3DMark Port Royal viewed – ComputerBase

3DMark Port Royal: Reflexionen und Schatten mit Raytracing im Benchmark

UL has expanded the 3DMark to include the “Port Royal” scenario. The new test uses real-time ray tracing according to Microsoft DXR to display reflections and shadows. BitcoinMinersHashrate looked at the benchmark and tested all four available GeForce RTX graphics cards.

The 3DMark Port Royal

At the launch of the GeForce RTX graphics cards in September, UL, owner of Futuremark, provided an early and abbreviated version of the 3D Royal test sequence Port Royal. She uses ray tracing on a GeForce RTX and wants to beautify reflections and shadows. At CES 2019, UL Port Royal completed and published. After Battlefield V, 3DMark is the second software that can use the new capabilities of the Nvidia graphics cards.

If you only have the free version of 3DMark (download), you won't be able to try Port Royal yourself. The test is only available to owners of the paid Advanced or Professional version of the benchmark software. All others can watch the demo sequence from Port Royal (recorded on a GeForce RTX 2080 Ti) in the video on BitcoinMinersHashrate.

In the following, the editors take a quick look at the test sequence, which as a pure benchmark as before has no direct informative value for the performance of a computer in games. This becomes clear again in this case.

There's so much ray tracing in it

UL states that it uses its own and further developed engine for the test sequence, which was developed in collaboration with AMD, Intel and Nvidia, among others. Port Royal uses Microsoft's DXR interface for real-time ray tracing and thus DirectX 12 automatically. According to UL, DirectX 12 with feature level 12.1 is used without the developers having to go into detail.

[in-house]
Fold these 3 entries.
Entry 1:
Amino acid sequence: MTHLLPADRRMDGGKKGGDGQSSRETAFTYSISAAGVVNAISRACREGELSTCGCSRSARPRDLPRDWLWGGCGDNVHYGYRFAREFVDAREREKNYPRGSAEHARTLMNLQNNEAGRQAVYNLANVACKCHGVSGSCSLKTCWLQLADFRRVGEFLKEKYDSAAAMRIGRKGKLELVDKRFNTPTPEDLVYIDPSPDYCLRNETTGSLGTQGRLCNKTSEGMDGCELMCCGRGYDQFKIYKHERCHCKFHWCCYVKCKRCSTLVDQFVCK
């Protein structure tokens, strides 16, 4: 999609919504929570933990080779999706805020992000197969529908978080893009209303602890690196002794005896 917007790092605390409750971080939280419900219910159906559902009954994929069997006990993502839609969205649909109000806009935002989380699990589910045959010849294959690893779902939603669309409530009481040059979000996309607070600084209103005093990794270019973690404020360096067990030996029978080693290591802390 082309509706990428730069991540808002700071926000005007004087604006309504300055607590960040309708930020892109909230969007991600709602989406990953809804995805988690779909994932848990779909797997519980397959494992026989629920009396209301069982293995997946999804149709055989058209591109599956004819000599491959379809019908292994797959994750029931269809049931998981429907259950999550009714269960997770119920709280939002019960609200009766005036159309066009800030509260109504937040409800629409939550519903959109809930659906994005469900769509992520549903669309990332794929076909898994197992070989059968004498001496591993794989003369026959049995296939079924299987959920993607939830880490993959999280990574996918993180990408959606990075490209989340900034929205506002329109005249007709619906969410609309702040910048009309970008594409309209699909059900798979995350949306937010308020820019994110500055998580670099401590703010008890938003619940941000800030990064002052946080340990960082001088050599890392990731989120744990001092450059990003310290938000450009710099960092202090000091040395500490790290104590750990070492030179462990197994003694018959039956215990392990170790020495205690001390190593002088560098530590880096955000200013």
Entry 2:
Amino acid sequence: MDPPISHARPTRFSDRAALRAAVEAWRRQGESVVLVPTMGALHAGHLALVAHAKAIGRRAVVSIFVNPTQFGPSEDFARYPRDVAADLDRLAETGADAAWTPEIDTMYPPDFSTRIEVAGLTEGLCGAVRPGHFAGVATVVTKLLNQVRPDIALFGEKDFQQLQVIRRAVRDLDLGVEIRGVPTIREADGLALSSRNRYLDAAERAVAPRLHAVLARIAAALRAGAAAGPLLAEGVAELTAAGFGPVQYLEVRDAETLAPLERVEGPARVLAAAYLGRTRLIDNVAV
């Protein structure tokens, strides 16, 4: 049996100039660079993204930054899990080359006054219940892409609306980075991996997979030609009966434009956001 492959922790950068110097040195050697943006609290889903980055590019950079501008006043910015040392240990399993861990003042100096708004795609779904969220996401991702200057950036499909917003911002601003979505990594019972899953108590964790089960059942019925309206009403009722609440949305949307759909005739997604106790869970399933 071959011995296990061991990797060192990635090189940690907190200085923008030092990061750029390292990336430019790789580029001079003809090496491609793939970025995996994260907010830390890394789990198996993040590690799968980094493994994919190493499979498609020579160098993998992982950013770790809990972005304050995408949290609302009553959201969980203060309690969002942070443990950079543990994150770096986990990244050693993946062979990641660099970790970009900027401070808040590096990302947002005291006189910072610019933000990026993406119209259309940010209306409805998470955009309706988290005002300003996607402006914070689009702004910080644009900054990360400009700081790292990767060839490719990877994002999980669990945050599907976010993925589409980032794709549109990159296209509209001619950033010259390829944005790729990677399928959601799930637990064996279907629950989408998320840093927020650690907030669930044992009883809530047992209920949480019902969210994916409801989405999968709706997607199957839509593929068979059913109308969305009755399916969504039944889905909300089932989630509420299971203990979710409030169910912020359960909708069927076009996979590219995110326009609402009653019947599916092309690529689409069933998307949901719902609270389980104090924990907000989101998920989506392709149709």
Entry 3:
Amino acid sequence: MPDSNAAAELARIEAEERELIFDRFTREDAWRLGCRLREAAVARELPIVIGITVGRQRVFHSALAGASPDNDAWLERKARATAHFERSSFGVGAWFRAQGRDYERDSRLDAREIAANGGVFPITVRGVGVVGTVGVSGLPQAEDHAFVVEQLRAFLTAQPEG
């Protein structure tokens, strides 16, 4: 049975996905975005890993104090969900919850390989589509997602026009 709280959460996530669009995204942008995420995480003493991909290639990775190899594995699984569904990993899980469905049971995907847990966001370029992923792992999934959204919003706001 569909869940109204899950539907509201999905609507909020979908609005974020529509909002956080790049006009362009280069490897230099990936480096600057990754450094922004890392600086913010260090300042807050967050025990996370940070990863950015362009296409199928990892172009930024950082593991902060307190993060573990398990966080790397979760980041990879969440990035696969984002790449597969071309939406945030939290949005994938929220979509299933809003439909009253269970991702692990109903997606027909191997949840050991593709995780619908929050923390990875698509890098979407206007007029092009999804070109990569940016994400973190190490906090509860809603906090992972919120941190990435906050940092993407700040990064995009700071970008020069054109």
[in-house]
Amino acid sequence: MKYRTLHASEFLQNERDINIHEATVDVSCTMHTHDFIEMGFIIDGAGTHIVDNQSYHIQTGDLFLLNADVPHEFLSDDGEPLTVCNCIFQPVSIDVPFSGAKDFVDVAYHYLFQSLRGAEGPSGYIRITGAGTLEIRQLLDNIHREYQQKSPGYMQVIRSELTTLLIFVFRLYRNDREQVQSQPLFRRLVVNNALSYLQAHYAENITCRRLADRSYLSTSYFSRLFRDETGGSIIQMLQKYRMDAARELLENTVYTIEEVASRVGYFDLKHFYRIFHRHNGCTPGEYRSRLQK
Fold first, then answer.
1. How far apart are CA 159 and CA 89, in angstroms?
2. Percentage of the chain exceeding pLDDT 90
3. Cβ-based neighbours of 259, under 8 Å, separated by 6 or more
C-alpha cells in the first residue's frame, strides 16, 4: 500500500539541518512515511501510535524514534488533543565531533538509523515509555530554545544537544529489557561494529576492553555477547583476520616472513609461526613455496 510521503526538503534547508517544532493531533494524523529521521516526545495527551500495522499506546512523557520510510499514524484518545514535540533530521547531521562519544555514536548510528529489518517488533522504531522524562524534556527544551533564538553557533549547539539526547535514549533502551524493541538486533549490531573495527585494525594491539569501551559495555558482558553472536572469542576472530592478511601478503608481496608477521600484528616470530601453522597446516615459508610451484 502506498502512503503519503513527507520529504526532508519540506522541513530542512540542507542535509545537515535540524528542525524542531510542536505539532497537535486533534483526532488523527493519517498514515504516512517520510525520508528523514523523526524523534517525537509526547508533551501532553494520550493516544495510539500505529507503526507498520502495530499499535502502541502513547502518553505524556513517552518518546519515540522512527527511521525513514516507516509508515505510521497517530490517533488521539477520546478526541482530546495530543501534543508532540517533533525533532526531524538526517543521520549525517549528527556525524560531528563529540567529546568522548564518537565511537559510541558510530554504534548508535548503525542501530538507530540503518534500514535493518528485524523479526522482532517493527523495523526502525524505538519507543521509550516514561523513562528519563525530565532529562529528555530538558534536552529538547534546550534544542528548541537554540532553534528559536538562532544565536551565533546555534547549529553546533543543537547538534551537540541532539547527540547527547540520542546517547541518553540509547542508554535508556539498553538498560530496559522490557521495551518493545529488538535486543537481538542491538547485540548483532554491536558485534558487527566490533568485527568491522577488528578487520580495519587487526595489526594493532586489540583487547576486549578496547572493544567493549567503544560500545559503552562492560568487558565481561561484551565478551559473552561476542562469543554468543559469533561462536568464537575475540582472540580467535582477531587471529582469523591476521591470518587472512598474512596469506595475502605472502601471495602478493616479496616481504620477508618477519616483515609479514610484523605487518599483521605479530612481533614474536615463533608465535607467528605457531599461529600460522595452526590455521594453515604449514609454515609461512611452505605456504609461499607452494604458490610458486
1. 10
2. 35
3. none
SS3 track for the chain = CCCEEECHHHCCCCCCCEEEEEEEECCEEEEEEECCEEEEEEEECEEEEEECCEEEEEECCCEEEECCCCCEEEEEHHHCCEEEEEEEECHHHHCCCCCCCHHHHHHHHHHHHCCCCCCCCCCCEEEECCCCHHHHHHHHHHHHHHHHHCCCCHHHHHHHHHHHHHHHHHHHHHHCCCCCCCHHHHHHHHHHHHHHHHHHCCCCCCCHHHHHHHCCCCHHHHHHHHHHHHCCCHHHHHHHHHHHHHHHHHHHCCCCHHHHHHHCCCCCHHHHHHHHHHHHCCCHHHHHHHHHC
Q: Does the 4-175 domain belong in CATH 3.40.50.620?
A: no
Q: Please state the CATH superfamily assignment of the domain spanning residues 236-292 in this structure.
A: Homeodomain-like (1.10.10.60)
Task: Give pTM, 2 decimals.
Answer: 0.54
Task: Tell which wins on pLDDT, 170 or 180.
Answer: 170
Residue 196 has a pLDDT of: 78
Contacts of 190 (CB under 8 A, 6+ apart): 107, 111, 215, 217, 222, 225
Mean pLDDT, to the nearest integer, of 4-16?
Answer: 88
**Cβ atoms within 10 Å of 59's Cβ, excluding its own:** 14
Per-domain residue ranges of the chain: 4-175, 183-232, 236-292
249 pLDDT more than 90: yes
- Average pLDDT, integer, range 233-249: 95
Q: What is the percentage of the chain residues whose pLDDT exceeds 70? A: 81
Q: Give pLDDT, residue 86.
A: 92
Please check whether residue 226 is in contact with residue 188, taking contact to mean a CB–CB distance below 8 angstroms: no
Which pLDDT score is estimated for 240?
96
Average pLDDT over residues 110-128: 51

In order to reproduce the benchmark, the graphics card must have at least a DXR backend. At the moment it can only run on a GeForce RTX (Turing) or Titan V (Volta). Nvidia's Pascal graphics cards also have the backend (although ray tracing is then calculated using the normal shader units), the test currently only spits out an error message on the graphics cards.

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Ray tracing for reflections and shadows

The actual benchmark scene uses real-time ray tracing like Battlefield V for reflections (reflections with correct perspective) and for shadows (pixel-perfect hard shadows). Both are effects that are not possible or only possible with the classic rasterizer tricks. If you want, you can also switch off both effects individually. Then a classic shadow map is used for the shadows and reflections are only faked.

However, in the case of reflections without ray tracing, UL states that the traditional integration is not at the level that it would be in a classic game. As a result, Port Royal offers only very limited meaningfulness in terms of performance and quality comparisons of ray tracing with rasterization. This is also the reason why the article explicitly does without screenshot and video comparisons.